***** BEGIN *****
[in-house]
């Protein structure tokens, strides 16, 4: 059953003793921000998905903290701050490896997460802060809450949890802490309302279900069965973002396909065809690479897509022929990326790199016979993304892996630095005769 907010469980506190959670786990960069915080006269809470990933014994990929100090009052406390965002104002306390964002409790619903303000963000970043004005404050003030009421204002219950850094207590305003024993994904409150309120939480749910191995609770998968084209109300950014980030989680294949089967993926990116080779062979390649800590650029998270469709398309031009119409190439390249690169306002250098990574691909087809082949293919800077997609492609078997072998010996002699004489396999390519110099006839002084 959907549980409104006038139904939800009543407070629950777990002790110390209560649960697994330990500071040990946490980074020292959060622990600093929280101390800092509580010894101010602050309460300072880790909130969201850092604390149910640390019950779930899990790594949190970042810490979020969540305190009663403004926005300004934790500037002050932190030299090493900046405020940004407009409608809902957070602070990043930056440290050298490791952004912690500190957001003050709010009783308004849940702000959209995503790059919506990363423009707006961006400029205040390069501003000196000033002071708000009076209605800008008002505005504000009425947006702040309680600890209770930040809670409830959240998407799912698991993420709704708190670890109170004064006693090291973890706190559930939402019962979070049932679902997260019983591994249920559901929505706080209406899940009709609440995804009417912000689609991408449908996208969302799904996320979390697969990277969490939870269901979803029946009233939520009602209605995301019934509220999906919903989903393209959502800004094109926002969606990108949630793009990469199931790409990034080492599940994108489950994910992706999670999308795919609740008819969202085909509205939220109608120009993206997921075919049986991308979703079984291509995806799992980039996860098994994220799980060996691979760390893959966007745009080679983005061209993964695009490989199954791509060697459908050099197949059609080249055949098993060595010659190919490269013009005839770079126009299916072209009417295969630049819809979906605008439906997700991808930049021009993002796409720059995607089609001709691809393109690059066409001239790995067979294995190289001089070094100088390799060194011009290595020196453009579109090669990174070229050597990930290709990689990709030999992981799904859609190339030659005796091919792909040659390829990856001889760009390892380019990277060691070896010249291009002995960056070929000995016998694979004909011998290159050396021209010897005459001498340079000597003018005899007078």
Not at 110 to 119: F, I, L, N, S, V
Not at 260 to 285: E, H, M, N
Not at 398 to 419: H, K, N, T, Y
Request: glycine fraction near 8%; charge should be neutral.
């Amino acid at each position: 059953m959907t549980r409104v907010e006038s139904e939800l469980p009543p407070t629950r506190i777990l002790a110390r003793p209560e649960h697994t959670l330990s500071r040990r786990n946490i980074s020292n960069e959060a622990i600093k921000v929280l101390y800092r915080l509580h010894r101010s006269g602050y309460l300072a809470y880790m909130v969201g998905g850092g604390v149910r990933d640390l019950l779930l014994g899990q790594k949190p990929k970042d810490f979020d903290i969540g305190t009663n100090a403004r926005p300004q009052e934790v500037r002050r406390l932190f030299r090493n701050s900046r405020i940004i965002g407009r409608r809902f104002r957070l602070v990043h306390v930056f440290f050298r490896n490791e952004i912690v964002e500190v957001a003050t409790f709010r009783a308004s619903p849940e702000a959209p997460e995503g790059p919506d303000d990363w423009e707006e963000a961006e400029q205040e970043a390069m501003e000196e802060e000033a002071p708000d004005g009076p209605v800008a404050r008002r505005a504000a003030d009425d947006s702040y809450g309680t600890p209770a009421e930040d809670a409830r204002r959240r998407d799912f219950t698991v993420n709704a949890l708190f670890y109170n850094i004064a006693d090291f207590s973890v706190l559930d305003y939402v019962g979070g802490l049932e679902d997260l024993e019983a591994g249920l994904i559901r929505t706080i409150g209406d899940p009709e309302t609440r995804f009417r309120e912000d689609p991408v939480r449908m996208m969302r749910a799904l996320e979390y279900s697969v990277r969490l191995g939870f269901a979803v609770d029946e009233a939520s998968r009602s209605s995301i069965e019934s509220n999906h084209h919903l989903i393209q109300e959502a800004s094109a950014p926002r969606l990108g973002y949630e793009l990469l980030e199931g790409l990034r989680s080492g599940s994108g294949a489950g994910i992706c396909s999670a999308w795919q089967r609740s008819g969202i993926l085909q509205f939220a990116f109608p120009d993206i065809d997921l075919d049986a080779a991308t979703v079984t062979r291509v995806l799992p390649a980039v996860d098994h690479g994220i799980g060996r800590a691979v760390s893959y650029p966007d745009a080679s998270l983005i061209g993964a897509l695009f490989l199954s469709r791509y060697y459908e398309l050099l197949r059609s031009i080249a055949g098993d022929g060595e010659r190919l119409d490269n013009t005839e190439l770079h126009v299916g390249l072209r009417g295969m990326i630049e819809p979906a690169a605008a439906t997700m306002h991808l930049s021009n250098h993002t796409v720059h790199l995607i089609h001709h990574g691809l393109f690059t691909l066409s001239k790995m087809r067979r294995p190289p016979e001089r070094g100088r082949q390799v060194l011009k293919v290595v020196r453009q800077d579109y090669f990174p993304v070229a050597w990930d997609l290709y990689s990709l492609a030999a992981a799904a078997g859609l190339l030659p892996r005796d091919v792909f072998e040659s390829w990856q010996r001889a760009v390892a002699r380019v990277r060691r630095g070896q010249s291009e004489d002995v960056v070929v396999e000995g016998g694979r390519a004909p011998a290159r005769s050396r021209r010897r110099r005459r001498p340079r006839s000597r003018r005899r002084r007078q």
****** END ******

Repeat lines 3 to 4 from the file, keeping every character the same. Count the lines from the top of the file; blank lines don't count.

Not at 110 to 119: F, I, L, N, S, V
Not at 260 to 285: E, H, M, N